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Saharan dust linked to rain, snow in western U.S.


New study finds direct link between Saharan dust to rain and snow in California
New study finds direct link between Saharan dust to rain and snow in California

Staff writers

March 2, 2013 — One of the driest spots on Earth -- the Sahara desert -- is increasingly responsible for snow and rain half a world away in the western U.S., a new study released Thursday found.

Dust from the Sahara Desert has been known to travel across the Atlantic Ocean, influencing weather in eastern states in the past (Photo: File)
Dust from the Sahara Desert has been known to travel across the Atlantic Ocean, influencing weather in eastern states in the past (Photo: File)

It's no secret that winds carrying dust, soot and even germs make transcontinental journeys through the upper atmosphere that can affect the weather thousands of miles away. 

Yet little is known about the impact of foreign pollutants on the West Coast, which relies on mountain snow-melt for its water needs.

Previous studies hinted these jet-setting particles may obstruct rainfall in the Sierra Nevada mountains in Northern California by reducing the size of water droplets in clouds. 

But scientists who flew through storm clouds in an aircraft, measured rain and snow and analyzed satellite imagery found the opposite: Far-flung dust and germs can help stimulate precipitation.

During the 2011 winter, a team from the University of California, San Diego and National Oceanic and Atmospheric Administration traced particles suspended in clouds over the Sierra to distant origins -- from the skies over the arid Sahara that later mingled with other pollutants in China and Mongolia before crossing the Pacific.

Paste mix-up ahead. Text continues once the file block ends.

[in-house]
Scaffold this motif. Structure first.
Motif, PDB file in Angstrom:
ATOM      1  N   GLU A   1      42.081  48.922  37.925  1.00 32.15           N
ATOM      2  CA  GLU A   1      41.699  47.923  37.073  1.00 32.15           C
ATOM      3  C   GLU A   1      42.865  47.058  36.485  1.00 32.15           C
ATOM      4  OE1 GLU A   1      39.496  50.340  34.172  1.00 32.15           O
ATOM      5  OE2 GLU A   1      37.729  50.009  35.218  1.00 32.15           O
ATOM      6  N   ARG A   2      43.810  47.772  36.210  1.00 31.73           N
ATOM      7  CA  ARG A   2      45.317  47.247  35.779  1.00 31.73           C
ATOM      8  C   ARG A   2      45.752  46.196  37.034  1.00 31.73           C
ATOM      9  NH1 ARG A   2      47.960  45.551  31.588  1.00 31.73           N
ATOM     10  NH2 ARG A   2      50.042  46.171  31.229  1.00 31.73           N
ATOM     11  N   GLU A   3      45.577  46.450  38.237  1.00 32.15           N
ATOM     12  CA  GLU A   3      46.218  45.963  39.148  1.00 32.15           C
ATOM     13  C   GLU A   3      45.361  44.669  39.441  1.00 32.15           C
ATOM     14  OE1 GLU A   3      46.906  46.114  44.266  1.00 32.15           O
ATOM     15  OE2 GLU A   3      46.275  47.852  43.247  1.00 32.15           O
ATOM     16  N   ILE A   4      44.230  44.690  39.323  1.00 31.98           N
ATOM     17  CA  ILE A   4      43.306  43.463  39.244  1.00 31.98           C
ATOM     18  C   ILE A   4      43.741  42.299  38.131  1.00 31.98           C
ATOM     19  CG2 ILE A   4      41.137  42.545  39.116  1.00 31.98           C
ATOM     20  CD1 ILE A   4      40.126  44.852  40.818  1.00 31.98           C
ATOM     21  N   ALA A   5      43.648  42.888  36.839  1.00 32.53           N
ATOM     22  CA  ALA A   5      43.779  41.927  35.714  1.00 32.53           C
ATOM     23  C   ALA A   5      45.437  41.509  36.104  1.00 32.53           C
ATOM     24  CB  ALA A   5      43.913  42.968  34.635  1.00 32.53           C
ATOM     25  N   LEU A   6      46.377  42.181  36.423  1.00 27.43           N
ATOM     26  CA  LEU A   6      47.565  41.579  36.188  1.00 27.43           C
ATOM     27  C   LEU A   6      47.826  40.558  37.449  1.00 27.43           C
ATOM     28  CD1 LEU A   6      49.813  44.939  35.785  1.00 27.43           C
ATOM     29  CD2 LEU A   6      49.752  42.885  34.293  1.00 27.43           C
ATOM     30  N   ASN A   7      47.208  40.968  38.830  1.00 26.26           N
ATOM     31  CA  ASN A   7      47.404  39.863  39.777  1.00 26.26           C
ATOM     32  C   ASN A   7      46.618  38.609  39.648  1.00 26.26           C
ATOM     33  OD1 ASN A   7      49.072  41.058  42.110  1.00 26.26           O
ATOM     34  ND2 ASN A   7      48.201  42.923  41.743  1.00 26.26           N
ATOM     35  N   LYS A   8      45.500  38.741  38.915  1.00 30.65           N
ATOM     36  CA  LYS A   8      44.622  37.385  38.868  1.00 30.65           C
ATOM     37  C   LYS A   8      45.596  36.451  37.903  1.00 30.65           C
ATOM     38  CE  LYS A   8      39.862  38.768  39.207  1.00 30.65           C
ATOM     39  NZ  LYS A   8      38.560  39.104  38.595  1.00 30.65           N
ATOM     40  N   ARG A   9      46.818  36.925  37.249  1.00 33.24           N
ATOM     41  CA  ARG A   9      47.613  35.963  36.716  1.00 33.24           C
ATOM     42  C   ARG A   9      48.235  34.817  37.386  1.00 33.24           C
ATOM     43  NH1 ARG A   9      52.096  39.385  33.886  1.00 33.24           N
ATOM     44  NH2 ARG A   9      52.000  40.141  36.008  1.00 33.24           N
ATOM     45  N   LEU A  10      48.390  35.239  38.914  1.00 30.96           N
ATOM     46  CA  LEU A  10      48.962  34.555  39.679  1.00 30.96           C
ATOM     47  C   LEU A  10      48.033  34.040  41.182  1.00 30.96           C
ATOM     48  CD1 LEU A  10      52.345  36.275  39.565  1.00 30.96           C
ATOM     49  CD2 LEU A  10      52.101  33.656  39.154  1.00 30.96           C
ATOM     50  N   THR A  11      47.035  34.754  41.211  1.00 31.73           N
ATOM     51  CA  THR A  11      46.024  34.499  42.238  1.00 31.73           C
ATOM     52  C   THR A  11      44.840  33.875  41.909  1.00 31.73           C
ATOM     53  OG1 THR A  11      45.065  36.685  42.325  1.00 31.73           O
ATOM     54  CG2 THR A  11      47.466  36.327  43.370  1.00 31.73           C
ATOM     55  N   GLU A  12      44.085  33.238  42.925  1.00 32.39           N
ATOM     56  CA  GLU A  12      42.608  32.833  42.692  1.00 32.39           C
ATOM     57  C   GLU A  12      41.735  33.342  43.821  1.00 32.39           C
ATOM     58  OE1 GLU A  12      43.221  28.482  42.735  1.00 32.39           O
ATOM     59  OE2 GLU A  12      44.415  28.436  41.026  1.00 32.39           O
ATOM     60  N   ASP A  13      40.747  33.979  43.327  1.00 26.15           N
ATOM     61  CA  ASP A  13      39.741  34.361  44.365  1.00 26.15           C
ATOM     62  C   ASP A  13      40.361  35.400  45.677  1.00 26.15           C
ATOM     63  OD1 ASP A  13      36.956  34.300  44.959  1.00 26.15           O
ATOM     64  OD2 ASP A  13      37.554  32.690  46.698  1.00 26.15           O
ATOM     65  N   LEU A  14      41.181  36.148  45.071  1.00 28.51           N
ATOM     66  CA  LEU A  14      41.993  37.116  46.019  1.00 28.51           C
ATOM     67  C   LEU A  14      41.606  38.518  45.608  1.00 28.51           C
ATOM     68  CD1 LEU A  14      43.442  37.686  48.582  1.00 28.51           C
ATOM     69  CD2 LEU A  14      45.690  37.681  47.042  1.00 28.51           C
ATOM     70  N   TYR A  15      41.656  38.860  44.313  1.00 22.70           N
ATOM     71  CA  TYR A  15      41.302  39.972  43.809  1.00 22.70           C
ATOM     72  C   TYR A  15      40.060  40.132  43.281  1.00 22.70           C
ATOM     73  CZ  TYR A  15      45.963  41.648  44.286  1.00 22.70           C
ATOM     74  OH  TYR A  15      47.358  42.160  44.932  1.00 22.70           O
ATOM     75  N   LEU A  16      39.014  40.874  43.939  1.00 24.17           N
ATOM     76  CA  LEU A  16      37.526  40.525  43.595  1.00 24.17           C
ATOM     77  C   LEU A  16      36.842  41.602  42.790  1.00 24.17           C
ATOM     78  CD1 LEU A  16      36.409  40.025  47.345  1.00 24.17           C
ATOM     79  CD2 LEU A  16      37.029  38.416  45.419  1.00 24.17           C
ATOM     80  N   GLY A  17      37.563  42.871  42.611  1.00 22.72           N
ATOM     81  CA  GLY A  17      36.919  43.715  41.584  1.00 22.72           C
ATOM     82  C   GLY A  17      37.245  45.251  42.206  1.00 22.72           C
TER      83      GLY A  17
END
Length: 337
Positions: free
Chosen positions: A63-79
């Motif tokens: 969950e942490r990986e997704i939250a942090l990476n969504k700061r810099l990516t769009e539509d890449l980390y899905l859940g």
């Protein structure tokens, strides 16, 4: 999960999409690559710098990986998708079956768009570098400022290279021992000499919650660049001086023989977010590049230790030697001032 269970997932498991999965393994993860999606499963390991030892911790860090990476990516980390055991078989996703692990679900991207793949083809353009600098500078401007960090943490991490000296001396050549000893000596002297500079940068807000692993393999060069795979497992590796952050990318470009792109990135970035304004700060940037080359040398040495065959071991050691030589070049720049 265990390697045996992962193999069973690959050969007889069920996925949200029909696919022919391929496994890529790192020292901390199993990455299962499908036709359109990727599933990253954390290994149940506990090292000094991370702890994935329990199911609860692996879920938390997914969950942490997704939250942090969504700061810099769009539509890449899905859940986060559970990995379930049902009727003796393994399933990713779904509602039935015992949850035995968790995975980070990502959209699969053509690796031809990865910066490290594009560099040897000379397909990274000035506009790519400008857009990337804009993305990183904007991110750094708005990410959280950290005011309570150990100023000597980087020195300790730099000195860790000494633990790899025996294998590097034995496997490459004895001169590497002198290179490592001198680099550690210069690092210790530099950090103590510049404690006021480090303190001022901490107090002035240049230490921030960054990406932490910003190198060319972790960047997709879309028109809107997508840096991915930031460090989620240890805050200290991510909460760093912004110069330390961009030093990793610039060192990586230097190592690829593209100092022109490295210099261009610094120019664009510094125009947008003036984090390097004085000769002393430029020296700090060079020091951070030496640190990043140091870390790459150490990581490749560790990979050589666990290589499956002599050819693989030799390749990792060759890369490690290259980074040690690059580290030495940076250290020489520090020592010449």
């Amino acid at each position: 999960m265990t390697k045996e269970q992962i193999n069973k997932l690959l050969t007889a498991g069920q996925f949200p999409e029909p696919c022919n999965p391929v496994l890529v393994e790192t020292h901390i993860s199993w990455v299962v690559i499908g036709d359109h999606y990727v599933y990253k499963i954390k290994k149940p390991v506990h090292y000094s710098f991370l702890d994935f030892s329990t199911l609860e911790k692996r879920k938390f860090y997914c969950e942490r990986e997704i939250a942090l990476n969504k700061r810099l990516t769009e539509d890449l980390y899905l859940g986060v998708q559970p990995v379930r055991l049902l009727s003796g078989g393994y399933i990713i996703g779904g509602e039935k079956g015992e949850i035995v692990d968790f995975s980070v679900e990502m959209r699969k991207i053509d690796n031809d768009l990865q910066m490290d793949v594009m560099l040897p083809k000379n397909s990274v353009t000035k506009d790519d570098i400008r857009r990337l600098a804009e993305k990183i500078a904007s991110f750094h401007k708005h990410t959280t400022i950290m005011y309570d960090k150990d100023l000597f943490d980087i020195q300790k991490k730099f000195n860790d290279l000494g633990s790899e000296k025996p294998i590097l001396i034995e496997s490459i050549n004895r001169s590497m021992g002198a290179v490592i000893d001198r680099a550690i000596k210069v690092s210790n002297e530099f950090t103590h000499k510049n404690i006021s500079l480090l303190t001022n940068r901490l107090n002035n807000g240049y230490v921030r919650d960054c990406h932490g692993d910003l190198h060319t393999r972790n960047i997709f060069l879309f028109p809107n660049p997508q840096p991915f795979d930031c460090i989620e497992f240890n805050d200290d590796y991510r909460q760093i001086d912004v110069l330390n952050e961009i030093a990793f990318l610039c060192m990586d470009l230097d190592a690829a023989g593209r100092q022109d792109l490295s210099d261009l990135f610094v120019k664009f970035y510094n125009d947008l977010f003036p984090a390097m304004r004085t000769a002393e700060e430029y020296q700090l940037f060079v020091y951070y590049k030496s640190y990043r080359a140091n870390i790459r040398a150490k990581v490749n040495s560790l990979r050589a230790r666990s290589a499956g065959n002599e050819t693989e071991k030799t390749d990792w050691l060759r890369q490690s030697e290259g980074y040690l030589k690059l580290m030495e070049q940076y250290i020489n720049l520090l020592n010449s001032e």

The days with the most particles in the clouds were also "days when we see the most snow on the ground,'' said study leader Kimberly Prather, an atmospheric chemistry professor at UC San Diego, whose study was published online Thursday in the journal Science.

Scientists believe wafting dust, grit and microbes -- including bacteria and viruses -- can spur the formation of ice crystals in clouds that in turn can influence how much rain or snow falls.

For years, governments and utilities in California and other Western states have used cloud seeding, in which a chemical vapour is sprayed into clouds, in a bid to increase rainfall.

The new study shows how "Mother Nature has figured out how to give us more precipitation'' and that may lead to changes in cloud-seeding efforts, which can be hit-or-miss, Prather said.

David J. Smith at the NASA Kennedy Space Center (who had no role in the research) said it was refreshing to see measurements from the ground, air and orbit to tackle how airborne particles affected Northern California snowfall.


Files from The Associated Press

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